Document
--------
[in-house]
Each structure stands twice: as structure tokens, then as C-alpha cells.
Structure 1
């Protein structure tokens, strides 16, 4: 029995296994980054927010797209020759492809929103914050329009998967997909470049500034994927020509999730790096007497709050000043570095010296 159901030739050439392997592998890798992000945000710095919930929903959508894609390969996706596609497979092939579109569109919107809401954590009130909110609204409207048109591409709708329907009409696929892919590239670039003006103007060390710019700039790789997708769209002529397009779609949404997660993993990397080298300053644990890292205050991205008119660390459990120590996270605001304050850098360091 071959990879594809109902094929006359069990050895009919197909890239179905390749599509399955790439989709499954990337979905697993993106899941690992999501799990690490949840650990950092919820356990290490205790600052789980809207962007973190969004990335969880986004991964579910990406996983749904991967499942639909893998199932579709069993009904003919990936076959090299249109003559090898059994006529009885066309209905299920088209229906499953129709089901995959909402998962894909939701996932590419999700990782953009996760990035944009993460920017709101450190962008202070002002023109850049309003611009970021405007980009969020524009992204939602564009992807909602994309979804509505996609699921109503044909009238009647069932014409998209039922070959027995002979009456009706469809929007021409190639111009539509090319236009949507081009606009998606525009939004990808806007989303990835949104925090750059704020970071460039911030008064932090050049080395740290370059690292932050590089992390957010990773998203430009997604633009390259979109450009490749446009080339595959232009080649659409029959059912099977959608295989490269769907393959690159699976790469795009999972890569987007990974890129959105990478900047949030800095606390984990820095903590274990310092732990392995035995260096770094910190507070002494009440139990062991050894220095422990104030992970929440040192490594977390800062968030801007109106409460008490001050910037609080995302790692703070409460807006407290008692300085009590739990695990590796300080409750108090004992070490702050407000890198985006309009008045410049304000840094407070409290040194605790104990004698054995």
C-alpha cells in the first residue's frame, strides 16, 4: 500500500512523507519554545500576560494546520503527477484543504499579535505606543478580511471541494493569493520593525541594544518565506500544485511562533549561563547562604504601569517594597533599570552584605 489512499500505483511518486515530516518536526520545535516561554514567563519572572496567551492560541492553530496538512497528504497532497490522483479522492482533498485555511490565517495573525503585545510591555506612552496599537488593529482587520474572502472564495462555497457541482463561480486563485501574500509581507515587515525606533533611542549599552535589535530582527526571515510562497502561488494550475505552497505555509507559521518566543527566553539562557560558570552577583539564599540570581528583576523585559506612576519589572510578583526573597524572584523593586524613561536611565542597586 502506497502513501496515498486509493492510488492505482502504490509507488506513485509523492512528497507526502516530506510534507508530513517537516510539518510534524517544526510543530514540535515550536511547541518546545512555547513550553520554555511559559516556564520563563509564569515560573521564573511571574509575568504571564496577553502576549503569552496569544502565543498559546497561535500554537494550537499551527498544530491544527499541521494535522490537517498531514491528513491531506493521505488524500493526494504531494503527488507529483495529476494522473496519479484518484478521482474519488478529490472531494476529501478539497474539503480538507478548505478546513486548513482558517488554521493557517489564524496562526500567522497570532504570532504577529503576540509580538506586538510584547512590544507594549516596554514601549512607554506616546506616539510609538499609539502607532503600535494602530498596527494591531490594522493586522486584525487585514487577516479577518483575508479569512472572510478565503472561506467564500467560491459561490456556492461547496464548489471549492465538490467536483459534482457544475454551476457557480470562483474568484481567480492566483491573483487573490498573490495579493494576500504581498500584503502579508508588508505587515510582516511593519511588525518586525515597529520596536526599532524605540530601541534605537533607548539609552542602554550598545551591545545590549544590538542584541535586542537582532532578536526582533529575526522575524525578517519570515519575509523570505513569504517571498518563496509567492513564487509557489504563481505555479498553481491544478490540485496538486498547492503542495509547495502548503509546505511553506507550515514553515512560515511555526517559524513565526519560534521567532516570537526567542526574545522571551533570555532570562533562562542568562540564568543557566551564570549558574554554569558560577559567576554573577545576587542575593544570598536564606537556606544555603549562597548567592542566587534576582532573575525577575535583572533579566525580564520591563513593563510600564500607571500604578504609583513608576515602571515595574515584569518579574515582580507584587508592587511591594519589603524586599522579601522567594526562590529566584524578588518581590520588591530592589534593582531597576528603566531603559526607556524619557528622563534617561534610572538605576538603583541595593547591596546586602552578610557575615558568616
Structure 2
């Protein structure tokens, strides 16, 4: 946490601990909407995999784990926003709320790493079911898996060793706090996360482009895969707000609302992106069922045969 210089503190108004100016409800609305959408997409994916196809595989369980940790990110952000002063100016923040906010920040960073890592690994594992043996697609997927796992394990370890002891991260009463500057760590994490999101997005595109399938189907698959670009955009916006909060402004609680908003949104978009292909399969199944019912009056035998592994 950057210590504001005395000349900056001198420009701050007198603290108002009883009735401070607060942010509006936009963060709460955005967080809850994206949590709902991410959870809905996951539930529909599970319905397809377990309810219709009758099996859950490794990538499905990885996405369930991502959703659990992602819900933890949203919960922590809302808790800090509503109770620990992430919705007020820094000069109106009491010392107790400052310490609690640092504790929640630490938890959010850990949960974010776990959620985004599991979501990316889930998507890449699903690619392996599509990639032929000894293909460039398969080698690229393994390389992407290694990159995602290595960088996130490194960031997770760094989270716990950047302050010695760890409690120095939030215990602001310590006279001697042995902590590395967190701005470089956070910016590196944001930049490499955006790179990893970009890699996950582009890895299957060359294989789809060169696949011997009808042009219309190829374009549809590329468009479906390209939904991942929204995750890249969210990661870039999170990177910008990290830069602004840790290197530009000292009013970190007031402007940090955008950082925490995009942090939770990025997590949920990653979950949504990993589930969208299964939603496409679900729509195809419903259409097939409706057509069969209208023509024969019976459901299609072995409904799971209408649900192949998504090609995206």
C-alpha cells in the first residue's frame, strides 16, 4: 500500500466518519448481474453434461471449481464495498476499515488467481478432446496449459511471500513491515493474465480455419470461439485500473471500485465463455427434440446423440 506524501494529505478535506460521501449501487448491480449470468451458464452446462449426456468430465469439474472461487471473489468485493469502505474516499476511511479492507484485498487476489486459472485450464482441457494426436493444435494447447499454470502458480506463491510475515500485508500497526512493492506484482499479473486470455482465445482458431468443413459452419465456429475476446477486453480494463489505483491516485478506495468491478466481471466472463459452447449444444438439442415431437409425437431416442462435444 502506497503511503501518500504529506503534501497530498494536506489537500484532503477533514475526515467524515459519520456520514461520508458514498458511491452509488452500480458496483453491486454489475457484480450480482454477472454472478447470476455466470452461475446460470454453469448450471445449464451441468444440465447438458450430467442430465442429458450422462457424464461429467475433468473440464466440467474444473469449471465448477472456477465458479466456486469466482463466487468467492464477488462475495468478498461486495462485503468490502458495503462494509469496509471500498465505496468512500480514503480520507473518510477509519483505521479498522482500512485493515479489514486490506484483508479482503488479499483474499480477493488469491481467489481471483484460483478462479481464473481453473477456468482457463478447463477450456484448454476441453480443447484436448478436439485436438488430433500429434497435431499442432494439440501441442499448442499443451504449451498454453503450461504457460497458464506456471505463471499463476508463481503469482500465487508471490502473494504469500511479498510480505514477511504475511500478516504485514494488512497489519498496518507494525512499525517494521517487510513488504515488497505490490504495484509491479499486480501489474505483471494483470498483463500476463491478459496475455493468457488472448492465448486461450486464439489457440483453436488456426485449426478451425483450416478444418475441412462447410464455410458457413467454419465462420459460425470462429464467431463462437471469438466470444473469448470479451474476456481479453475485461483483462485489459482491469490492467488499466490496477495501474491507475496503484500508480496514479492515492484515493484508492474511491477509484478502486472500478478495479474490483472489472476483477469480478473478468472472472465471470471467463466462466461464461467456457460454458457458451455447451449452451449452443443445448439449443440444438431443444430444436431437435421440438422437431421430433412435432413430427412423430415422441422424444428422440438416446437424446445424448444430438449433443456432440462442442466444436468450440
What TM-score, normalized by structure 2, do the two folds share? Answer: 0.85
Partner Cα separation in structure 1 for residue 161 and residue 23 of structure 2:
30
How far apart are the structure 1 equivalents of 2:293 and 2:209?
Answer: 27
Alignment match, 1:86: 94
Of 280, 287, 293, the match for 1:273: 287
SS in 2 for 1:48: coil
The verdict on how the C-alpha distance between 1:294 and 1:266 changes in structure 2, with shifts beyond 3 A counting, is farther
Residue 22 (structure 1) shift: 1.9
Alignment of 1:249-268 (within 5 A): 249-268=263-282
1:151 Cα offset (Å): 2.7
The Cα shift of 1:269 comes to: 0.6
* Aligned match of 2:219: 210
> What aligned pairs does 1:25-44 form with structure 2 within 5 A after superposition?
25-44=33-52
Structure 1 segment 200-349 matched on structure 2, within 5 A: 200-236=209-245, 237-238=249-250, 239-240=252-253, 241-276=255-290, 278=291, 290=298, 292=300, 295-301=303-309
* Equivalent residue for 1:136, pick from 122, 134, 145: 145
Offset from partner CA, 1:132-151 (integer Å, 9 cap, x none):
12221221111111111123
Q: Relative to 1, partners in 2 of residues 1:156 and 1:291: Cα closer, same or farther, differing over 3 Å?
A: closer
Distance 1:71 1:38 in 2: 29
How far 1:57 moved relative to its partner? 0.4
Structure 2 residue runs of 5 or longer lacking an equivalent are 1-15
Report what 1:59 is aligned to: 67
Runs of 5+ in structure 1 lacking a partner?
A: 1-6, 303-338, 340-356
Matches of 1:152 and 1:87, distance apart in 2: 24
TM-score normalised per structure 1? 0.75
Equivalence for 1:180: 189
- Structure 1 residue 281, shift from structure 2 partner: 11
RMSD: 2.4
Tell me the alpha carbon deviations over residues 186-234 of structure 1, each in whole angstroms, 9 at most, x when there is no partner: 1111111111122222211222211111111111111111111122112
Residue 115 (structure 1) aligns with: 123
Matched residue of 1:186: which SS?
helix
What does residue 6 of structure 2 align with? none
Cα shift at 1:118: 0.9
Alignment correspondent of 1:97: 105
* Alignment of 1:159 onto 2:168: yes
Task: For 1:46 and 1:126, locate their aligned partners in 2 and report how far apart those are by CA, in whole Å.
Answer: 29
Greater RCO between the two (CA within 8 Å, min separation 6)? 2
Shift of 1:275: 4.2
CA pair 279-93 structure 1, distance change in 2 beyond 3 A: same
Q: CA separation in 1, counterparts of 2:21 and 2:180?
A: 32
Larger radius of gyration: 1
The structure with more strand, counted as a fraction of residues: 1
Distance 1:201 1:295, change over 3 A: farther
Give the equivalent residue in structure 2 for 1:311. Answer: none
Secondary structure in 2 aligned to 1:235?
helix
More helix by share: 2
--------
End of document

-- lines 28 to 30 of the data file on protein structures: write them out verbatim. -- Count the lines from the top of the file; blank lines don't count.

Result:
12221221111111111123
Q: Relative to 1, partners in 2 of residues 1:156 and 1:291: Cα closer, same or farther, differing over 3 Å?
A: closer